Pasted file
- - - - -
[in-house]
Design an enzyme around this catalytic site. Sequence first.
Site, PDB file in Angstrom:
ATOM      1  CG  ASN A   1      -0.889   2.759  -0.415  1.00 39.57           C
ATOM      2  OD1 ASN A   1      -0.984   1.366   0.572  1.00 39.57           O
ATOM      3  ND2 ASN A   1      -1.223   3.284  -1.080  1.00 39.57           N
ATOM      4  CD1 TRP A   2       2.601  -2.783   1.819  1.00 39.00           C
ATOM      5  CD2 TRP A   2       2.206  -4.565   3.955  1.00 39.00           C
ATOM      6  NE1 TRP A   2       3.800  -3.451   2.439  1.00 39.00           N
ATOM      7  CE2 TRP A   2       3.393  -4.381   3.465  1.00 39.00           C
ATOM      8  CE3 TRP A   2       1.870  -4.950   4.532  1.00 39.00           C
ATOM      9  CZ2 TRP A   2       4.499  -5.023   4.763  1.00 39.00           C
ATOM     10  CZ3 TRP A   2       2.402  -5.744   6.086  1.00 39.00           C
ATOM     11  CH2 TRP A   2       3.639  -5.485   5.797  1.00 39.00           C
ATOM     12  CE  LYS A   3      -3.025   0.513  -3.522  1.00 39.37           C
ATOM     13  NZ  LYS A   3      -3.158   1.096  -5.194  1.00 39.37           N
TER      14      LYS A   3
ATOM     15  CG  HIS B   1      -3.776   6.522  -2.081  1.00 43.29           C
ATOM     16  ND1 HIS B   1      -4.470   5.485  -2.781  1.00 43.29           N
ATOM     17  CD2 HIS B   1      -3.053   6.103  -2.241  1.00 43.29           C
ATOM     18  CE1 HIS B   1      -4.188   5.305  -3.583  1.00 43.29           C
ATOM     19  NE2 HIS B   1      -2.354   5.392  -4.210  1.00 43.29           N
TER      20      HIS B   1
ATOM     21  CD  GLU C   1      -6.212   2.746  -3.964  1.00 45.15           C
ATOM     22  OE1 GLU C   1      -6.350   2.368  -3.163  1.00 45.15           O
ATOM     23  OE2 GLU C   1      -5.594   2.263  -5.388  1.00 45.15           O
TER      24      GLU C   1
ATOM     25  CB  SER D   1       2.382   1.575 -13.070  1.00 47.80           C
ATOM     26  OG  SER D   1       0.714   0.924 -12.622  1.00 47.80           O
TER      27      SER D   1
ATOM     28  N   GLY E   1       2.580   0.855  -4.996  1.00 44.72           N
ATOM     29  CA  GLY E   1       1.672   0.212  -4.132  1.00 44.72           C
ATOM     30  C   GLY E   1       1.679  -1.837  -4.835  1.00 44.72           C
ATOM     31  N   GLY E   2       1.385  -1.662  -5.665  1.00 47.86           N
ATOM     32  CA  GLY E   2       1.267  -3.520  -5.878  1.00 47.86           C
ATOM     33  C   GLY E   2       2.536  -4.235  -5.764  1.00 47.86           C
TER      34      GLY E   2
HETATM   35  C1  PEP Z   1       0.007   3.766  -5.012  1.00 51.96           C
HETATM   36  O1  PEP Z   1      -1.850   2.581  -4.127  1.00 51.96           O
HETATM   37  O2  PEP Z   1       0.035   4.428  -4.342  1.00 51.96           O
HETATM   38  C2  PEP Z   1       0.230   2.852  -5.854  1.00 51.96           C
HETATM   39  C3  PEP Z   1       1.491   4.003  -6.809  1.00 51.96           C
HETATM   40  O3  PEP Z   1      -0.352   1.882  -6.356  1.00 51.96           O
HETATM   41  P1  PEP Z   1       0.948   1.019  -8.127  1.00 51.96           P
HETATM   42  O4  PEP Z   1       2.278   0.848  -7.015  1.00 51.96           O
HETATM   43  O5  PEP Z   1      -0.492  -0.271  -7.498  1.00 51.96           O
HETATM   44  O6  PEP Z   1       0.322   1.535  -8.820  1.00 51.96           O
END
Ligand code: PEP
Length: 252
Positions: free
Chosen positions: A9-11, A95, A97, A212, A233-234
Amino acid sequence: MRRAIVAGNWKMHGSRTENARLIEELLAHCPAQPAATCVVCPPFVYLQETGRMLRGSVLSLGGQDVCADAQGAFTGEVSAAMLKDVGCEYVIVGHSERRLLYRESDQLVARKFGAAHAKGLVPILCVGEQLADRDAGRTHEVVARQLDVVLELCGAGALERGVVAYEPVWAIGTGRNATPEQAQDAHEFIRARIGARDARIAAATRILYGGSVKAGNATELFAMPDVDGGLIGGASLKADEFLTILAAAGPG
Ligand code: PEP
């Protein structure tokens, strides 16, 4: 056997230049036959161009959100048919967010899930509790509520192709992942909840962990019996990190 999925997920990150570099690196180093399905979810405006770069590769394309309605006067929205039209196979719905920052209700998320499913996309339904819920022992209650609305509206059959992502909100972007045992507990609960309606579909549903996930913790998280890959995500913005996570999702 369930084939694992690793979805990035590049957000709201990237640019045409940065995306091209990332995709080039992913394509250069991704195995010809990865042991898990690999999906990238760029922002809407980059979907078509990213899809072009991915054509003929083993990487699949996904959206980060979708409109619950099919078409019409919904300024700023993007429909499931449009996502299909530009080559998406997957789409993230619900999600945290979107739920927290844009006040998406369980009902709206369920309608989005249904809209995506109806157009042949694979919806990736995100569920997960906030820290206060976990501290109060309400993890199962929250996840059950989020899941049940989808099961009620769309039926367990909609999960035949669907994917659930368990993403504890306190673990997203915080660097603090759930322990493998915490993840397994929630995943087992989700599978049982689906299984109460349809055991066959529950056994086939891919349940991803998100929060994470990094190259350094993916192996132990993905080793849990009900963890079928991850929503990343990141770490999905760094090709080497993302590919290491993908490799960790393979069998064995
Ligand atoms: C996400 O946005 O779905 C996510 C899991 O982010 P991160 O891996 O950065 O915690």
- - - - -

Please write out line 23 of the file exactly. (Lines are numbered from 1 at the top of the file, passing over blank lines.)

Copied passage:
TER      20      HIS B   1